There are many such stories in the gospels—stories of Jesus healing people with a variety of illnesses and afflictions. And every time, he seems to connect with the afflicted person in a way no one else has done. And in that connection comes healing.

But it doesn’t stop there. Time after time, and again in today’s story, the healing is not just about the individual’s personal wellness. It is also about their relationship to their community. Someone who was ill in the way the Gerasene man was ill would have been utterly isolated. The same is true for many of the other people Jesus healed—women with hemorrhages, men with leprosy, children possessed by demons. For Jesus, and for these people, healing was about addressing the illness itself, but almost more importantly, it was about restoring the person to their community, reconnecting them with their people.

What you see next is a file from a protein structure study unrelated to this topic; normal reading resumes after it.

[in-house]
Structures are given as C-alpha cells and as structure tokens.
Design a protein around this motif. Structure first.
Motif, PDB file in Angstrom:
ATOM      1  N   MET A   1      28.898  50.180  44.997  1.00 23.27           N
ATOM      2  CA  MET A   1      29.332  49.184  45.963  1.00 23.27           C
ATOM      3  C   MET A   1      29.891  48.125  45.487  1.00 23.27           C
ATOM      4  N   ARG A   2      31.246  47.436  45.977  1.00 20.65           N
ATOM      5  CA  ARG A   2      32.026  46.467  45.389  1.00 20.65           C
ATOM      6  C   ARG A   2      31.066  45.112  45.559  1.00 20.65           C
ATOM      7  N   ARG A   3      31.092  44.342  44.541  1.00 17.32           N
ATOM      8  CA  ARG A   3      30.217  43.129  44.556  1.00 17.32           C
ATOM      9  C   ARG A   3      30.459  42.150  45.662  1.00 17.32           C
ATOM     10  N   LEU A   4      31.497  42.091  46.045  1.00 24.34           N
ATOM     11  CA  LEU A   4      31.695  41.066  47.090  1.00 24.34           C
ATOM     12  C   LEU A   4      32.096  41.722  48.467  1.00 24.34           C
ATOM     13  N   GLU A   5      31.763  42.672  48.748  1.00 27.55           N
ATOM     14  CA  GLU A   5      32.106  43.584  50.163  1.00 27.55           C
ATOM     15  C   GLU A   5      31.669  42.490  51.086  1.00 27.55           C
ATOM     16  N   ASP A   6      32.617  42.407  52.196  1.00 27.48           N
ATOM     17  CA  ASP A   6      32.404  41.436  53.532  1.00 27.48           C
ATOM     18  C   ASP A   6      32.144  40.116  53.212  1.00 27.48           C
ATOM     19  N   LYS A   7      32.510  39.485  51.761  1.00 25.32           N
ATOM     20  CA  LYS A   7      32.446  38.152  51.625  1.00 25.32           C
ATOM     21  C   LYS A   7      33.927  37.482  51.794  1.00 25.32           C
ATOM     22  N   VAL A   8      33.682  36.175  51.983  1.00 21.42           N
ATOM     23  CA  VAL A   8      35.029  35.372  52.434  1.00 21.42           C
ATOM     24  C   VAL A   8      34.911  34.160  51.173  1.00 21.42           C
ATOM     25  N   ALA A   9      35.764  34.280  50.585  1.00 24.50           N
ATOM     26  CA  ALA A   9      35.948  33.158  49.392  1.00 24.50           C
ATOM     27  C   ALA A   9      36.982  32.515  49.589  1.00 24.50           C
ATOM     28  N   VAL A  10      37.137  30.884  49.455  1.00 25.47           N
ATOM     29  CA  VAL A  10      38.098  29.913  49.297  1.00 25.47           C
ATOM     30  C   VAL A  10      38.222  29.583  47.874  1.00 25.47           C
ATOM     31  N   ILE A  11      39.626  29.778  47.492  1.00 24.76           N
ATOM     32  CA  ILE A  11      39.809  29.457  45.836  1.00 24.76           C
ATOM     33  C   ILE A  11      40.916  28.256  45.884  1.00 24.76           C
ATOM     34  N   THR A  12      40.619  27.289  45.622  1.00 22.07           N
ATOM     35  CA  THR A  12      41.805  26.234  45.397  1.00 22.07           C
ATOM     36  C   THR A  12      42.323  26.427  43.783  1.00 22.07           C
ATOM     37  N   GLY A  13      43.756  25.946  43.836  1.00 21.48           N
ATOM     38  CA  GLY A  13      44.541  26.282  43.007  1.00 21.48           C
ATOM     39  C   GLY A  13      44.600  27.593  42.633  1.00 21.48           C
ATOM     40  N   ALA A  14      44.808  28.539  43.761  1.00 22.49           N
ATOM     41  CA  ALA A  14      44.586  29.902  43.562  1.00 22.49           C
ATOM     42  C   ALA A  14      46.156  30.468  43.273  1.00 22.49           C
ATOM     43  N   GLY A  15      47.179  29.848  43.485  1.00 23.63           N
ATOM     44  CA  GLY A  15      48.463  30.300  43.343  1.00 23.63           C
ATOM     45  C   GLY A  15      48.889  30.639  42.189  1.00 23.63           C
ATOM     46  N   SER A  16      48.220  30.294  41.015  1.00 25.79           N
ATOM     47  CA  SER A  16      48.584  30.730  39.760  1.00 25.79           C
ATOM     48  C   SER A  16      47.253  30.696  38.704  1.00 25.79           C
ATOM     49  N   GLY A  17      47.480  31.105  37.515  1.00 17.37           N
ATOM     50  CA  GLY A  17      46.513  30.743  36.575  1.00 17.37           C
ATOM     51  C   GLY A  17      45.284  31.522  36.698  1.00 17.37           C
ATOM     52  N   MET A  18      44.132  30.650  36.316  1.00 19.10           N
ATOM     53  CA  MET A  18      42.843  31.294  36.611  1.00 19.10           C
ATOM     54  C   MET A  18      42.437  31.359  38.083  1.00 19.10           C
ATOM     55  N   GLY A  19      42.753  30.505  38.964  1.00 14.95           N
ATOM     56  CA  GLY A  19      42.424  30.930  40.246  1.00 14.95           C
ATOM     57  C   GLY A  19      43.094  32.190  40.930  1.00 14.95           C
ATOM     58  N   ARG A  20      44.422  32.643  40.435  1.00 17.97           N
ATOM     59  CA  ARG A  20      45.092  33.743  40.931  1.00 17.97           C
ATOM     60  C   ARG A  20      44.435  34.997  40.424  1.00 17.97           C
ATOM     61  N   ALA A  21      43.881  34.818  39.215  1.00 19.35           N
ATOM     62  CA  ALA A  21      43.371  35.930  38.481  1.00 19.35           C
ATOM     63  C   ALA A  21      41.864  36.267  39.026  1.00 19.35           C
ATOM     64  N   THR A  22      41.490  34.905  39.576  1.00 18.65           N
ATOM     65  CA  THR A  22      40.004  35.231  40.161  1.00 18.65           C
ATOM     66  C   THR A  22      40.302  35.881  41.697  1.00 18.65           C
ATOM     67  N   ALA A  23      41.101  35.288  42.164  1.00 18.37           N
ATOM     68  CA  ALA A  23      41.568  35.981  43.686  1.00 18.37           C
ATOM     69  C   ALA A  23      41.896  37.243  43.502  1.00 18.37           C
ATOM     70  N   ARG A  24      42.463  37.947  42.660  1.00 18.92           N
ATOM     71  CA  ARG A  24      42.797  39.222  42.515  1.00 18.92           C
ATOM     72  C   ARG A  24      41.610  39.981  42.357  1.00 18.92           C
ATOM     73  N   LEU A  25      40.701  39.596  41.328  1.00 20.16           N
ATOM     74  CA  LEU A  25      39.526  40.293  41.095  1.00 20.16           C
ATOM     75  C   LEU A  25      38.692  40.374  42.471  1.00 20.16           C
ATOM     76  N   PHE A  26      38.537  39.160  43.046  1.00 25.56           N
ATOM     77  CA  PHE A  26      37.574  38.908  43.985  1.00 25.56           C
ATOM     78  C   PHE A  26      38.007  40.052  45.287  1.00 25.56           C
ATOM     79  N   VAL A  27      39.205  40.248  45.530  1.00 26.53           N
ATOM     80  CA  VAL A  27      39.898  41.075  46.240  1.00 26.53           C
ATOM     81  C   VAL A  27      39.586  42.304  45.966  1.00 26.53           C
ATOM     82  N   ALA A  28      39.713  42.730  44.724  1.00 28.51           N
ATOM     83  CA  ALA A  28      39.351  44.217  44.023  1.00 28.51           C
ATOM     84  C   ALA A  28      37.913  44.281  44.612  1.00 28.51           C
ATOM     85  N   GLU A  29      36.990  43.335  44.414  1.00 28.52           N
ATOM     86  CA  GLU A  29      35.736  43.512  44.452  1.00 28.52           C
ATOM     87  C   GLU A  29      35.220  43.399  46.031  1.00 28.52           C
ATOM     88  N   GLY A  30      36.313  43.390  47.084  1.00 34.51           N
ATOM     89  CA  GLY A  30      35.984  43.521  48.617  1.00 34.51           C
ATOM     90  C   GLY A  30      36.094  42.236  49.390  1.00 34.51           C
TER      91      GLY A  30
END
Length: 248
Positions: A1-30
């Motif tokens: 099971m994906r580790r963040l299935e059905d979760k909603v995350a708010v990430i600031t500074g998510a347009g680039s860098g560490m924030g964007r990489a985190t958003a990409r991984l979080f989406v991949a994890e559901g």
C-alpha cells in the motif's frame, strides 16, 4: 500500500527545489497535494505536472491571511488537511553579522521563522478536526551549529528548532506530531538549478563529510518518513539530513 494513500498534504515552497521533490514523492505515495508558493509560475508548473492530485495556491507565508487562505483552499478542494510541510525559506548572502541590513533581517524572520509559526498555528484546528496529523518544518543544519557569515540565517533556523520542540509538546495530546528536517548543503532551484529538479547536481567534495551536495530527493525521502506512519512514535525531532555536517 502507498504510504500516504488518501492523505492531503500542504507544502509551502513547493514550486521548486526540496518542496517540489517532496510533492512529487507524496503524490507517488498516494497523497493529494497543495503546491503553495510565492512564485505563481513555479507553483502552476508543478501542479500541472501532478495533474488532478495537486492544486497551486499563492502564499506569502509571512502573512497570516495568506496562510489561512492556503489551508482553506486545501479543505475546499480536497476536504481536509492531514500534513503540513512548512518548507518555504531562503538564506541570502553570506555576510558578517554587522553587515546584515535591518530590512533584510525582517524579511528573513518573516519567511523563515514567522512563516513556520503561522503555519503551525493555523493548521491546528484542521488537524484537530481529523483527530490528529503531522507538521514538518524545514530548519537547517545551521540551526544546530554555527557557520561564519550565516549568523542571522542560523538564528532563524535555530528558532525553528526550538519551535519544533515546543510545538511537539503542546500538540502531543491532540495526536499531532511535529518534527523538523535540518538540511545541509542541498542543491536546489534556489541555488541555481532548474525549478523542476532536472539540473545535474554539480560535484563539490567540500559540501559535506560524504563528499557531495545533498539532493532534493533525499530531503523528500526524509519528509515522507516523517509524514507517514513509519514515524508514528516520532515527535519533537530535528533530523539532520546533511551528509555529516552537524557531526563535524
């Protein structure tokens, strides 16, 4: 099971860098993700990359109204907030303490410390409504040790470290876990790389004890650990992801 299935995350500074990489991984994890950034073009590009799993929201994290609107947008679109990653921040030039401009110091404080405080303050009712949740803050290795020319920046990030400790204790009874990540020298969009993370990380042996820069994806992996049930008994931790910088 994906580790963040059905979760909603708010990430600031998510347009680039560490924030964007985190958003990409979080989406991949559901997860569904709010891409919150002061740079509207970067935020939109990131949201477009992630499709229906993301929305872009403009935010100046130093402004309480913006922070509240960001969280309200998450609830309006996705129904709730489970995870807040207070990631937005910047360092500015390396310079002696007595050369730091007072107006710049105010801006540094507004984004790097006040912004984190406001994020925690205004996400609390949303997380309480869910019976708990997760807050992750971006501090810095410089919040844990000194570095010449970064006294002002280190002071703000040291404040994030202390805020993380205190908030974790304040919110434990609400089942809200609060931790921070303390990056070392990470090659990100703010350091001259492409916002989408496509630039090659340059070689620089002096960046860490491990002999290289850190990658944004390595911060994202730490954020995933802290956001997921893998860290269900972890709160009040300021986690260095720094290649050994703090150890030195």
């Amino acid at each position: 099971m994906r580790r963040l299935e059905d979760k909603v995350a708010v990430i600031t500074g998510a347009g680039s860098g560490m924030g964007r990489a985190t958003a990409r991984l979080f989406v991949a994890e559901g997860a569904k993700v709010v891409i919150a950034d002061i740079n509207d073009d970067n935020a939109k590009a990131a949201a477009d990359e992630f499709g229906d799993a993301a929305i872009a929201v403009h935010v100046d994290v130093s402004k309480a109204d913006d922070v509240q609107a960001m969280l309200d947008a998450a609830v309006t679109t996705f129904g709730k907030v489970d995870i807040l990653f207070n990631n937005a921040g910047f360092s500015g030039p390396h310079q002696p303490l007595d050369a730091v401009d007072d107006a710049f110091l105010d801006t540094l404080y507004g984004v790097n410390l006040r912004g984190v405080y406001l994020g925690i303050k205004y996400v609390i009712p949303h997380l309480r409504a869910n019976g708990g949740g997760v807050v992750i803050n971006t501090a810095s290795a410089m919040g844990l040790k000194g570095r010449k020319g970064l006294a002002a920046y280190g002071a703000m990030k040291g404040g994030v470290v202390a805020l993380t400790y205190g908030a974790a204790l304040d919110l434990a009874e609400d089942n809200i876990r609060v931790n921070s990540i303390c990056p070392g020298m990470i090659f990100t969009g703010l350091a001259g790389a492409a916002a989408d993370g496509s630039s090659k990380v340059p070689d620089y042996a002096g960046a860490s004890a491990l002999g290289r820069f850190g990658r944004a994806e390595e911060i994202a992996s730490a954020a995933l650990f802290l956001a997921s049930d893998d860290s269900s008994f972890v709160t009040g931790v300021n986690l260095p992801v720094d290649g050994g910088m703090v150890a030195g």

We see that in today’s story, when the formerly-ill man comes to Jesus and begs to go with him as he departs to continue his ministry, but Jesus says no. Jesus sends him home to his friends, because Jesus knows that the man needs his people, and his people need him. It is not good for us humans to be alone, isolated, cut off from connection. And when such a break in relationship occurs, it is a loss both for the individual and for the community.

Because there are still many forms of suffering that cut us off from one another, it is important for us as disciples of Jesus to be agents of this kind of healing. And it is important for us to start right here in our own community—for here, too, there are people who bear secret, silent sorrows, and who bear them alone. It is our call as a community of faith to overcome that isolation, to bear one another’s burdens together—to be willing to help carry another’s load, and to be willing to allow another to help us with our own. It is in that spirit that I invite you into a time of healing prayer. We have done this each of the past two years around this time, and every time we do it, we grow deeper in our connections and find new forms of healing.